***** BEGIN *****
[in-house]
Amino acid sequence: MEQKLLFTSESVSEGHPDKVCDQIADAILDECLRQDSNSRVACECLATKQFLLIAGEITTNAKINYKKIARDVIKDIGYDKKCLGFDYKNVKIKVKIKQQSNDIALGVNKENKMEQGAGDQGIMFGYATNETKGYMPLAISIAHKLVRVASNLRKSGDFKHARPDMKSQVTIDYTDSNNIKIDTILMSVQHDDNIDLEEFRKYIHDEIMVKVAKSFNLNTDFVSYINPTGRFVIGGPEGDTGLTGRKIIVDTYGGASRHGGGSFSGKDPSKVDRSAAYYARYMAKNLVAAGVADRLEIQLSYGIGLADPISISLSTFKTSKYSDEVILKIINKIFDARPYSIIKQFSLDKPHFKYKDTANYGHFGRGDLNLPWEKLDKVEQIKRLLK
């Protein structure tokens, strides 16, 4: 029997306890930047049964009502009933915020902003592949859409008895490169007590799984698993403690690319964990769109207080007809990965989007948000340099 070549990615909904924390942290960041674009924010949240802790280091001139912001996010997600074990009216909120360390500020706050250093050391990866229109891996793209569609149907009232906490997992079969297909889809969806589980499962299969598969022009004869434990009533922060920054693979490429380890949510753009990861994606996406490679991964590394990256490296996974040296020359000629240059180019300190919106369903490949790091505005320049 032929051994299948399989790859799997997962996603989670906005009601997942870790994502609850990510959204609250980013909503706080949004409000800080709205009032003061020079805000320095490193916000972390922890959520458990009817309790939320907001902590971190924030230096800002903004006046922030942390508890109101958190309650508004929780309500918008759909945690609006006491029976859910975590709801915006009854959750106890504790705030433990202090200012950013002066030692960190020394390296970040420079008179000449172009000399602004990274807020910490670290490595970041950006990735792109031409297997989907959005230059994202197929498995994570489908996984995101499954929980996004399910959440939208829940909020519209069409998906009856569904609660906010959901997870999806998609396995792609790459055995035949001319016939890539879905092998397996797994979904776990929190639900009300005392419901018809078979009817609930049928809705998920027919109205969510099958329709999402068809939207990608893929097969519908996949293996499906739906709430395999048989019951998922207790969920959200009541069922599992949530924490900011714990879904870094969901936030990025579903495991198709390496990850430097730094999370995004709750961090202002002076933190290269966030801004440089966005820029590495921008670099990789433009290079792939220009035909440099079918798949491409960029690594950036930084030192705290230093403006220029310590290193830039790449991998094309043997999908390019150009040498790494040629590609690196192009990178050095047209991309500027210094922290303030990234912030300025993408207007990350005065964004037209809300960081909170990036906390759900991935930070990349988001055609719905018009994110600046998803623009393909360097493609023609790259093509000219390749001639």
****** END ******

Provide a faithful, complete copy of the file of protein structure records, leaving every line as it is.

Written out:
[in-house]
Amino acid sequence: MEQKLLFTSESVSEGHPDKVCDQIADAILDECLRQDSNSRVACECLATKQFLLIAGEITTNAKINYKKIARDVIKDIGYDKKCLGFDYKNVKIKVKIKQQSNDIALGVNKENKMEQGAGDQGIMFGYATNETKGYMPLAISIAHKLVRVASNLRKSGDFKHARPDMKSQVTIDYTDSNNIKIDTILMSVQHDDNIDLEEFRKYIHDEIMVKVAKSFNLNTDFVSYINPTGRFVIGGPEGDTGLTGRKIIVDTYGGASRHGGGSFSGKDPSKVDRSAAYYARYMAKNLVAAGVADRLEIQLSYGIGLADPISISLSTFKTSKYSDEVILKIINKIFDARPYSIIKQFSLDKPHFKYKDTANYGHFGRGDLNLPWEKLDKVEQIKRLLK
């Protein structure tokens, strides 16, 4: 029997306890930047049964009502009933915020902003592949859409008895490169007590799984698993403690690319964990769109207080007809990965989007948000340099 070549990615909904924390942290960041674009924010949240802790280091001139912001996010997600074990009216909120360390500020706050250093050391990866229109891996793209569609149907009232906490997992079969297909889809969806589980499962299969598969022009004869434990009533922060920054693979490429380890949510753009990861994606996406490679991964590394990256490296996974040296020359000629240059180019300190919106369903490949790091505005320049 032929051994299948399989790859799997997962996603989670906005009601997942870790994502609850990510959204609250980013909503706080949004409000800080709205009032003061020079805000320095490193916000972390922890959520458990009817309790939320907001902590971190924030230096800002903004006046922030942390508890109101958190309650508004929780309500918008759909945690609006006491029976859910975590709801915006009854959750106890504790705030433990202090200012950013002066030692960190020394390296970040420079008179000449172009000399602004990274807020910490670290490595970041950006990735792109031409297997989907959005230059994202197929498995994570489908996984995101499954929980996004399910959440939208829940909020519209069409998906009856569904609660906010959901997870999806998609396995792609790459055995035949001319016939890539879905092998397996797994979904776990929190639900009300005392419901018809078979009817609930049928809705998920027919109205969510099958329709999402068809939207990608893929097969519908996949293996499906739906709430395999048989019951998922207790969920959200009541069922599992949530924490900011714990879904870094969901936030990025579903495991198709390496990850430097730094999370995004709750961090202002002076933190290269966030801004440089966005820029590495921008670099990789433009290079792939220009035909440099079918798949491409960029690594950036930084030192705290230093403006220029310590290193830039790449991998094309043997999908390019150009040498790494040629590609690196192009990178050095047209991309500027210094922290303030990234912030300025993408207007990350005065964004037209809300960081909170990036906390759900991935930070990349988001055609719905018009994110600046998803623009393909360097493609023609790259093509000219390749001639």